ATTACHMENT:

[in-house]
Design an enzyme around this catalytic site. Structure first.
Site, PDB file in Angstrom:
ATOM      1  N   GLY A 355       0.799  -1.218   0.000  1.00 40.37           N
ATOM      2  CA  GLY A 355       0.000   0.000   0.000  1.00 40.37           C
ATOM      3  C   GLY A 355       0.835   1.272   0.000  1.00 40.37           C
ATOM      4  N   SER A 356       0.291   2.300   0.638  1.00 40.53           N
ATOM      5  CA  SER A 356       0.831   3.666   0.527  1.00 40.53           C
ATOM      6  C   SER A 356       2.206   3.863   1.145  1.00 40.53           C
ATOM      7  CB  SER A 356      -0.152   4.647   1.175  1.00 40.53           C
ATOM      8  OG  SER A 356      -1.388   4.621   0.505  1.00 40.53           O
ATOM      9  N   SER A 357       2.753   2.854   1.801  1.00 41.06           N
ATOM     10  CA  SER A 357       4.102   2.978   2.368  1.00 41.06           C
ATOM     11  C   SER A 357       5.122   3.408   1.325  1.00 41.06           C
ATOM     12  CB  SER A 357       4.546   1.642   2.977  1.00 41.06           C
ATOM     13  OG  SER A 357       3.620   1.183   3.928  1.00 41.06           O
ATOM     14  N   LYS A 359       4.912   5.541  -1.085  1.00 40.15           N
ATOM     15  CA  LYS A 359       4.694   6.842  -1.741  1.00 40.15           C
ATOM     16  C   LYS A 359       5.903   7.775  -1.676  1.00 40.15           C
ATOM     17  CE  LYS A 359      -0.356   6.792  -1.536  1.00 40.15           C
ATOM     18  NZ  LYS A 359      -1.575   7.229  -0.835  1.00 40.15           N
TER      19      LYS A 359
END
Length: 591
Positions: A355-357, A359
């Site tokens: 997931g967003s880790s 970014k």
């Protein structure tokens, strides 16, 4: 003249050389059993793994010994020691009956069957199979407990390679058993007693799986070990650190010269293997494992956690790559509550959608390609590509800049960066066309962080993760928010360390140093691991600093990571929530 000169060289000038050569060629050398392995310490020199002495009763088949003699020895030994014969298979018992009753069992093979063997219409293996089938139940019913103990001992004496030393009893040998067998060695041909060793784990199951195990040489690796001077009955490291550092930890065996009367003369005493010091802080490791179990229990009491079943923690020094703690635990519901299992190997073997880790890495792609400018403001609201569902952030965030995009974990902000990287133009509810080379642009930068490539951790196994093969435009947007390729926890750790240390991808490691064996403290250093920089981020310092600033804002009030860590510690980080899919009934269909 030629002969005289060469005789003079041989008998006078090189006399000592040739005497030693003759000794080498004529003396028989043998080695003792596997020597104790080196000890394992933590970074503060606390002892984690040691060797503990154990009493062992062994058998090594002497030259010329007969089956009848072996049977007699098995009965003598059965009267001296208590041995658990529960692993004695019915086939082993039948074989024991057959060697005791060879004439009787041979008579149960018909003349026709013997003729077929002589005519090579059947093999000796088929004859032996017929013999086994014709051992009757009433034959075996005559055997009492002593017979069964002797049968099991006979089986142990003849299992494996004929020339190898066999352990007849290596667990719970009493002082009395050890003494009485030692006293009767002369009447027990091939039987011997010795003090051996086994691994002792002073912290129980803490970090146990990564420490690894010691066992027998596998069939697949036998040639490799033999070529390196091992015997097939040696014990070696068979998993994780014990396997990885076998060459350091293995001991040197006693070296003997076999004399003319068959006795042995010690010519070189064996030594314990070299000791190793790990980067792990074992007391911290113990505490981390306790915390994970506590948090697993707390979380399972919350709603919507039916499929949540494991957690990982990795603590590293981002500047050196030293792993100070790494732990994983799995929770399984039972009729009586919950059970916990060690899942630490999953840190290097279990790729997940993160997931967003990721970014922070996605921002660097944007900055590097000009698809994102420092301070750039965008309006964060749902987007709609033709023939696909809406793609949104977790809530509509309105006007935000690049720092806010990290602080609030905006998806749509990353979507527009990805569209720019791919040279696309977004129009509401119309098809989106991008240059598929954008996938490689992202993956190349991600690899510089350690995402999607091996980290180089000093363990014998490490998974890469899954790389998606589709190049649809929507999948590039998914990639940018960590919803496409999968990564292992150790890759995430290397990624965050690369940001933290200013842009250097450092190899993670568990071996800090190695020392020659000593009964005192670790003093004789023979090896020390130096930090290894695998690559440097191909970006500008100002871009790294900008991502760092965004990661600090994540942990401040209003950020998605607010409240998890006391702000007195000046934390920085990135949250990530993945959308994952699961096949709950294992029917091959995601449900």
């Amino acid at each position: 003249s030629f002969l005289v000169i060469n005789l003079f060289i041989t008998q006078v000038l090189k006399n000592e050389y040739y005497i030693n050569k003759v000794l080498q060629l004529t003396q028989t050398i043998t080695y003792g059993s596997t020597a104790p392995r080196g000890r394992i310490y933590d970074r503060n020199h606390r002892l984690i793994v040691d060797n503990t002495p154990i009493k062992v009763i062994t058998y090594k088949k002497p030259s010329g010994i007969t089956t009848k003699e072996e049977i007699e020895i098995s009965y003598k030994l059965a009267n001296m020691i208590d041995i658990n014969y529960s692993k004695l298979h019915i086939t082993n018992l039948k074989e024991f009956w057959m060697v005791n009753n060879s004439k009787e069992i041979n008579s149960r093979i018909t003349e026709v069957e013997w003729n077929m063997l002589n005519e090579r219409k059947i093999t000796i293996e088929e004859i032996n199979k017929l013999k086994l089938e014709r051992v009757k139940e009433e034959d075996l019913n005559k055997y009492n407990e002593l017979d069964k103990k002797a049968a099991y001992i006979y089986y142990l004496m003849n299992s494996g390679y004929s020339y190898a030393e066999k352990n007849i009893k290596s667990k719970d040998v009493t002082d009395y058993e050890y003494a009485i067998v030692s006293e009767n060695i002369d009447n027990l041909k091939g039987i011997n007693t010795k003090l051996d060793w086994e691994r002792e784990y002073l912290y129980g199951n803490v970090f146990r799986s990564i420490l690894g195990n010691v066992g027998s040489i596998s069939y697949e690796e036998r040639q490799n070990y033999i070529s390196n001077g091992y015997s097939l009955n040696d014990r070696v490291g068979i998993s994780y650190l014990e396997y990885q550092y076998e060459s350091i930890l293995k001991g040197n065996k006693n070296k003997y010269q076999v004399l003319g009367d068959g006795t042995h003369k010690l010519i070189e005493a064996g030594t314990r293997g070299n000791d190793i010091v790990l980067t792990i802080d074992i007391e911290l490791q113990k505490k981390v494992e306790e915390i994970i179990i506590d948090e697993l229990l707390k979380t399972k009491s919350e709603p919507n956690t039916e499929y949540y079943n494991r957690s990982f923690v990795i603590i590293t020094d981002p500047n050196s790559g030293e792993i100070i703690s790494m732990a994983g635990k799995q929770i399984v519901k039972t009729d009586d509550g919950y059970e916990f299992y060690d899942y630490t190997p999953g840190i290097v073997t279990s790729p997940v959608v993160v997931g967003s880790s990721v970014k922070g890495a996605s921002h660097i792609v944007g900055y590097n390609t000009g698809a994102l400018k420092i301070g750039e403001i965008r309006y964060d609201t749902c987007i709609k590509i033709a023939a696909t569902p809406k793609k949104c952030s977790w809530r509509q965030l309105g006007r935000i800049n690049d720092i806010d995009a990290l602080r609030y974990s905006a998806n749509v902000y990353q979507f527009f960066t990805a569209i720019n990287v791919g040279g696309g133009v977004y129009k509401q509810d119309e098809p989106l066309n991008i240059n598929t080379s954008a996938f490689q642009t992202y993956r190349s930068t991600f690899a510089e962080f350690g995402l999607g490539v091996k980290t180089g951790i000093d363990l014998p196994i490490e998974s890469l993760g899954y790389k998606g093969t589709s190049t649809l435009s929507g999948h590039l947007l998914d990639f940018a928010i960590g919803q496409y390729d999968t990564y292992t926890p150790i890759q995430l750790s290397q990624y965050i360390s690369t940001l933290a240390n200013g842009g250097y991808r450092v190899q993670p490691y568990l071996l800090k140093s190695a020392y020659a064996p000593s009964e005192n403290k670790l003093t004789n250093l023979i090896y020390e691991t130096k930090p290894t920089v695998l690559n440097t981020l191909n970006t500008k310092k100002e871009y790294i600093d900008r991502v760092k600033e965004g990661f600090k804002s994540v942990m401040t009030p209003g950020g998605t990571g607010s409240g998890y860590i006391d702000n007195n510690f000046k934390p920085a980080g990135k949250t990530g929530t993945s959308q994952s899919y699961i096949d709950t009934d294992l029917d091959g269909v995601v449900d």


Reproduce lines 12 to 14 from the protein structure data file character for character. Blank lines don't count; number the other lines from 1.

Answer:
ATOM      9  N   SER A 357       2.753   2.854   1.801  1.00 41.06           N
ATOM     10  CA  SER A 357       4.102   2.978   2.368  1.00 41.06           C
ATOM     11  C   SER A 357       5.122   3.408   1.325  1.00 41.06           C